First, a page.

BLOG: Building eye care capacity in Haiti, part one
For this blog, I have asked Daniel C. Alter, MD, PhD, from Midwest Retina Consultants, to share some insights gained from developing eye care in Haiti over the past 8 years.
He was instrumental in getting me to Haiti in 2018 and has inspired others to contribute to developing ophthalmology there. Here, Dr. Alter shares his experience.
Eye care in Haiti
What if your mission in life was to make your job obsolete? I first went to Haiti in 2014 to help set up and teach vitrectomy surgery to Reginald Taverne, MD, in Port-au-Prince, Haiti. Dr. Taverne had completed a residency in both Haiti and Israel many years ago and was the only doctor in Haiti doing retinal lasers and scleral buckles. He had an intense desire to learn vitrectomy surgery and was already an accomplished anterior segment surgeon. He had acquired an Alcon Accurus vitrectomy machine and a Zeiss Opmi CS microscope but needed many other items such as a widefield viewing system, compressed air, laser, filters and supplies. After a few months of planning, I arrived with everything needed, and we were doing complex vitrectomies on day 2. A parallel project was started with Dr. Dupuy Pierre in Cap-Haitien, Haiti, in 2016. More than 25 trips later and with visits by other retina surgeons, we now have two trained vitreoretinal surgeons in Haiti.
During my second trip, I visited the state hospital, HUEH, where the ophthalmology program starts four new residents each year and found a poorly equipped and supplied clinic but with enthusiastic residents. I started collecting equipment and supplies, and on subsequent visits, I really learned how little they had and how there was no operational budget to run the department and only part-time attendings who were very poorly paid. Improving the residency program was a matter of addressing the problems head on. The external problems of political instability with frequent strikes at the general hospital were mostly out of our control. The internal problems were infrastructure insufficiencies, equipment, supplies and lack of full-time attending physicians.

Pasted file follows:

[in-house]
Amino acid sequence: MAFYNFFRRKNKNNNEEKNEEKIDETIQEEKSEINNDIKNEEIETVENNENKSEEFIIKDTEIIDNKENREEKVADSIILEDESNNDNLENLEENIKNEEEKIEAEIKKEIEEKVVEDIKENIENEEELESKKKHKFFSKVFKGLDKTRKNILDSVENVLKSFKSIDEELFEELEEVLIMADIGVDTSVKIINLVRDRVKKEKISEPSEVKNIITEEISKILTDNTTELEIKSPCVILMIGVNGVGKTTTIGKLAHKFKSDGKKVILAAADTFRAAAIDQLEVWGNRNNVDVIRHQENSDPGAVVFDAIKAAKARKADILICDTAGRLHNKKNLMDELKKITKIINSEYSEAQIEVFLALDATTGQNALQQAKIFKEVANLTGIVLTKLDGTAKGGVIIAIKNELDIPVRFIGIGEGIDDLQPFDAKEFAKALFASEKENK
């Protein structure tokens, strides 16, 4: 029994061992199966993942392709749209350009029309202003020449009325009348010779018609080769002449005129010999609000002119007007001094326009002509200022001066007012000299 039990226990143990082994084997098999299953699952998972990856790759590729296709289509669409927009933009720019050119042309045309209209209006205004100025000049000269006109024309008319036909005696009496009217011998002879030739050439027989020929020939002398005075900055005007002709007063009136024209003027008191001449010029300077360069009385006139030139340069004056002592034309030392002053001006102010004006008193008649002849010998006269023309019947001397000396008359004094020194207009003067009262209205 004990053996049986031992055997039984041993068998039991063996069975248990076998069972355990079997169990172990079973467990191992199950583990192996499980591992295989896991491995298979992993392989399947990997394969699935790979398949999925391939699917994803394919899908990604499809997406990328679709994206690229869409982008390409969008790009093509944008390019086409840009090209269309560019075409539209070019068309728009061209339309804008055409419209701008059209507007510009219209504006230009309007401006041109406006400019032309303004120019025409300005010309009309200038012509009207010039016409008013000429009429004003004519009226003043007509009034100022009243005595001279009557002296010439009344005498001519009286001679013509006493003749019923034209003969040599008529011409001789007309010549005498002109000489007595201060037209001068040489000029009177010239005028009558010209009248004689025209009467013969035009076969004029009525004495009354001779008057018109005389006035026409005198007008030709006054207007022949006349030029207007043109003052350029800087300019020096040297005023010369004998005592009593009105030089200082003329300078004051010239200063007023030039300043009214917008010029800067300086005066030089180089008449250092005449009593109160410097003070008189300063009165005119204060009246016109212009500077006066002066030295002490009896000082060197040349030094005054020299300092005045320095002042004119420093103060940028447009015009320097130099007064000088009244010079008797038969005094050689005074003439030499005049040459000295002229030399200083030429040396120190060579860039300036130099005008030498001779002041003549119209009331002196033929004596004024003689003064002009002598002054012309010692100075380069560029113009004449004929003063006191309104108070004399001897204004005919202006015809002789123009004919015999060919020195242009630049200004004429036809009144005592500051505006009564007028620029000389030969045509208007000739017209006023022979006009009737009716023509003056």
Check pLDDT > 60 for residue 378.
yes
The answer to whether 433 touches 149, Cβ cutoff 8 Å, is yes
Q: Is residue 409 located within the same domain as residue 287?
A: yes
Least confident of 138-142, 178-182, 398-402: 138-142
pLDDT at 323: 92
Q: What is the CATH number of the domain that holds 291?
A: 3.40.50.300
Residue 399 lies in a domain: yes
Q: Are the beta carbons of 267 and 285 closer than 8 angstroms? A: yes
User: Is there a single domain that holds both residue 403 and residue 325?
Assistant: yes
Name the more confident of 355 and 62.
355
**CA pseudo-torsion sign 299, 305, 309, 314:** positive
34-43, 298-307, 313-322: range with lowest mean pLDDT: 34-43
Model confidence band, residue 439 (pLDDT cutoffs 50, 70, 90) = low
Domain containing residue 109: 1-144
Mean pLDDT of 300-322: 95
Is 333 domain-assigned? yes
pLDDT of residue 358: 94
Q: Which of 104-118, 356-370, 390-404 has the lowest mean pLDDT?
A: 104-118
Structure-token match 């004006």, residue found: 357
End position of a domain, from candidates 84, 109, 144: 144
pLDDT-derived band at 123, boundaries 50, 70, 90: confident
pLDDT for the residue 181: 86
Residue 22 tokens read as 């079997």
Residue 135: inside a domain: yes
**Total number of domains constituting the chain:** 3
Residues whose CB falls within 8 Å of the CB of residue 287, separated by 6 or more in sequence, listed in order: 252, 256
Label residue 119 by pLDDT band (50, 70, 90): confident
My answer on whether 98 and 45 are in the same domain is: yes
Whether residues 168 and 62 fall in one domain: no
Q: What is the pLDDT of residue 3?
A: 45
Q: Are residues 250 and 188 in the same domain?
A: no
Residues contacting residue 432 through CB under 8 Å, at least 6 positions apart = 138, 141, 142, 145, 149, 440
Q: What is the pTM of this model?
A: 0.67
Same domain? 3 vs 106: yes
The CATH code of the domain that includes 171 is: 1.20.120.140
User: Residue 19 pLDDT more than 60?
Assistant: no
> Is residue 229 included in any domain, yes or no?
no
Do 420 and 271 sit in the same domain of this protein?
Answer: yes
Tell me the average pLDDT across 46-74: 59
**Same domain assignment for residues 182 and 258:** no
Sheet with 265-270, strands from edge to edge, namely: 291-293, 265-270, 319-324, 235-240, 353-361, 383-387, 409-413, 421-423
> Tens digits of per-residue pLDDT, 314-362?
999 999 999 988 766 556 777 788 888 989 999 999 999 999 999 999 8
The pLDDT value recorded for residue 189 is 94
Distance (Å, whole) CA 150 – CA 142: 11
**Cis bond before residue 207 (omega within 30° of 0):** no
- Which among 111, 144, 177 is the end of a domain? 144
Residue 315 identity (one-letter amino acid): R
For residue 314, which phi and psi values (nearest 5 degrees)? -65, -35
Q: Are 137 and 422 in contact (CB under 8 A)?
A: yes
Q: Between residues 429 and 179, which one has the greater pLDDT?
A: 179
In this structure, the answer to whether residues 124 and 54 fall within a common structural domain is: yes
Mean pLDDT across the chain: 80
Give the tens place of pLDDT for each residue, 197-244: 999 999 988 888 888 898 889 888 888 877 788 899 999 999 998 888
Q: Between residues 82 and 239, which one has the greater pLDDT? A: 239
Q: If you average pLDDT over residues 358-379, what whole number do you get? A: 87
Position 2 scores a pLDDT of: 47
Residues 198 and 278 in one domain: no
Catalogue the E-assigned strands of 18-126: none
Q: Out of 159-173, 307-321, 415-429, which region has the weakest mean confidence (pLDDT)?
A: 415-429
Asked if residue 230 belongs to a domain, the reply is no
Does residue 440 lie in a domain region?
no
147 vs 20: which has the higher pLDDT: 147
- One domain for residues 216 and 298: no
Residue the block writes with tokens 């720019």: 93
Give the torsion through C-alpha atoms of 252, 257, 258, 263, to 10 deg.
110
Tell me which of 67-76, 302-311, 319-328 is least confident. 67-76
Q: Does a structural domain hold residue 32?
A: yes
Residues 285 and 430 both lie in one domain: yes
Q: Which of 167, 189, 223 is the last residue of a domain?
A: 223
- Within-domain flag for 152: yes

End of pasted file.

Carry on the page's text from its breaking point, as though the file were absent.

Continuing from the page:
By 2016, Matthew Thompson and William Myers had joined and began training the residents in small-incision cataract surgery. We were all SEE International volunteer surgeons, but we eventually needed our own organization to be able to directly address all of the problems we found because partnering NGOs all had their own restrictions on use of funds and would not consider supporting the infrastructure construction projects, utilities or salary support that were needed. At that time, Dr. Marilyn Miller offered to have the three of us join the board of FOCUS Inc. to further the project. The FOCUS mission is to increase eye care capacity in Haiti through training, education, equipment and supply of local Haitian eye care providers. We strive to remove any barriers to this mission and foster collaboration with other stakeholders, organizations and individuals both in Haiti and abroad. We take special care to fill in where other organizations cannot due to their charter. This often takes the form of physical plant improvements, utilities including electric and water, and even salary/stipend support. We strongly believe that all problems need to be addressed to make real sustainable progress.
Part two of this blog will continue to look at the work FOCUS does in Haiti.